“Search is the world’s largest focus group.” A while ago, someone said this to me (I can’t remember who, but buy yourself an eclair if it’s you: you’ve earned it), and it struck me as pure brilliance. We tend to get so focused on the challenge of showing up in search results that we frequently forget that we’re bringing real people with real needs to our website, and unlike other traffic sources, these people have already told us exactly what they’re looking for. Searchers are an analyst’s dream because of this fact: in many cases, we know why they came to our site, and this helps us put their actions into some sort of context.
I decided to tap into my artistic side to illustrate a common problem in search marketing, but I have to forewarn you, this is my first comic, and I’m not much of an artist:
Google Analytics evangelist Avinash Kaushik has coined a phrase that goes something like this: “Bounce rate is when people get to your site, puke, and leave.” I love this, and I think we can build on it. For one thing, we have to ask ourselves if we’re setting ourselves up for this, well, puking. In many cases, it seems to me like we are.
SEO, in a vacuum
Search engine optimization is without a doubt one of the most effective forms of growing your audience for the average website. And it’s also incredibly complex, spanning technical issues, keyword research, keeping up with ever-changing search engines and a much much more that you can read about right here at Search Engine Land. And the goal of it? Gain rankings for key terms in the search engines.
The mostly correct assumption in most SEO campaigns I’ve seen is that by reaching the goal of higher rankings, traffic will follow. And with traffic, we get website activity. And with activity, conversions. And this is where it gets dangerous—when SEO turns into a trophy collection of rankings rather than an ROI-focused venture.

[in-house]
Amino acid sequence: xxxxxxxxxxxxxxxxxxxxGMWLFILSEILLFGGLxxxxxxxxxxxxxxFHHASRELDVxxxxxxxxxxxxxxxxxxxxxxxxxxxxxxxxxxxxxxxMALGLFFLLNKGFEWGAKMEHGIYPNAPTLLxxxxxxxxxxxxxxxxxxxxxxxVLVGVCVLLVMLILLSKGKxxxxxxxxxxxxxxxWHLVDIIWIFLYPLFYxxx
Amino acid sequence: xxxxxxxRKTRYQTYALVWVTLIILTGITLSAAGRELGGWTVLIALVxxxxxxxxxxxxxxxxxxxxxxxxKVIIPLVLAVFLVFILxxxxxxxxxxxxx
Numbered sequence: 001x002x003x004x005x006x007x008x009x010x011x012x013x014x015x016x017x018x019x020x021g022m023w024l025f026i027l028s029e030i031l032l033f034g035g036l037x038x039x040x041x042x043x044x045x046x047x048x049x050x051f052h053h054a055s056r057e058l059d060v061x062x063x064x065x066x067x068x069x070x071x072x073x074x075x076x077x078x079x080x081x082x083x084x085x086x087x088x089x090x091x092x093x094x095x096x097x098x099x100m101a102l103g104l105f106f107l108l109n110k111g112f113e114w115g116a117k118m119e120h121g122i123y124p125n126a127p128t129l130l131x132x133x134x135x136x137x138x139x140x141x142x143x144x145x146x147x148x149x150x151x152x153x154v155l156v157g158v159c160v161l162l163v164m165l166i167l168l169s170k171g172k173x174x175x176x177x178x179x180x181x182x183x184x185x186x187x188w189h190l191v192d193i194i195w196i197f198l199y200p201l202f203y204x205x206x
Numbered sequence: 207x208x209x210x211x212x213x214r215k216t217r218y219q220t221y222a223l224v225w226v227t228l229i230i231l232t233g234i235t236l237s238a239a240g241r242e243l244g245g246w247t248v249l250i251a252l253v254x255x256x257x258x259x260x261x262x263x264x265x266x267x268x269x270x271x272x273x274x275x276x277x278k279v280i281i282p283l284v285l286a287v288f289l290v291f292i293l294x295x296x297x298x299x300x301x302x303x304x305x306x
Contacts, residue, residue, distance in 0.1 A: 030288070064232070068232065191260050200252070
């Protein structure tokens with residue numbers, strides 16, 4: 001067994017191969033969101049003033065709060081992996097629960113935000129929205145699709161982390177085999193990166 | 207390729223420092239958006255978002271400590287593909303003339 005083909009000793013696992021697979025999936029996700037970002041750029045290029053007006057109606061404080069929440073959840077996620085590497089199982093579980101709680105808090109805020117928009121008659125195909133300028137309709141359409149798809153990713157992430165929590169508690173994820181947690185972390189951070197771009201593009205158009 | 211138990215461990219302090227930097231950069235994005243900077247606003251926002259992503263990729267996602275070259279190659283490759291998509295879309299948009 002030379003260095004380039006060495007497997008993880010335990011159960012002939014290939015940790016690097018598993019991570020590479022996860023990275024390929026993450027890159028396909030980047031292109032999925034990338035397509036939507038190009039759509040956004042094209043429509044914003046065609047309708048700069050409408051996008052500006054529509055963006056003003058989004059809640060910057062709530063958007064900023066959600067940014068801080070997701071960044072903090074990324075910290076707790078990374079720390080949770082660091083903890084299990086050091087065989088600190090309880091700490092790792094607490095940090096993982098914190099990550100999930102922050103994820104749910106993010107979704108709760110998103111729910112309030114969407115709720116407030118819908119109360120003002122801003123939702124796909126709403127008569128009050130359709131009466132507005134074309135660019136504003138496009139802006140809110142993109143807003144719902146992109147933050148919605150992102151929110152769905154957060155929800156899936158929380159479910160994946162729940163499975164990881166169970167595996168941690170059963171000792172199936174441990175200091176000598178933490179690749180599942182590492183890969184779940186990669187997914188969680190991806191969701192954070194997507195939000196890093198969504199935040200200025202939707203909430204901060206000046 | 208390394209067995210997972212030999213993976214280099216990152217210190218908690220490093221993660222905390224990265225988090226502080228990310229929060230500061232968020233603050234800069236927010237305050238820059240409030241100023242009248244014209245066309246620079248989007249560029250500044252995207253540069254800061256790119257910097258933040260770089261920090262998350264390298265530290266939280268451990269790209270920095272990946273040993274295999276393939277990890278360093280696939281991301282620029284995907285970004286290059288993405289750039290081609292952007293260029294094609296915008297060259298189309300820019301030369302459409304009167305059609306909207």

None of these assumptions are inherently wrong or bad. It’s the act of assuming that’s the problem. Web analytics offers us sufficient data to know which of these keywords are driving traffic to which landing pages, whether people stay, what they do, and whether they buy (or whatever your “conversion” is). This information should cause immediate action, but rarely does.
It seems like the big issue really boils down to the keyword research process. Most SEOs and their companies / clients will automatically focus on driving large volumes by optimizing their site for relevant keywords with the highest search frequency, when this really isn’t usually the best approach. While you may have significant volume, you can spend countless hours trying to figure out why Banana Republic doesn’t convert for the word “clothes” and never come up with an answer. But if you find out that users looking for “khaki pants” are landing on the home page and not converting, you can probably dig in and find out that there are no images of pants or links to khakis on that page. Head terms might captivate the imagination of the masses and deliver them to the site, but they’re hard to diagnose and understand, while mid- and tail terms provide more focused traffic that will help you optimize your site.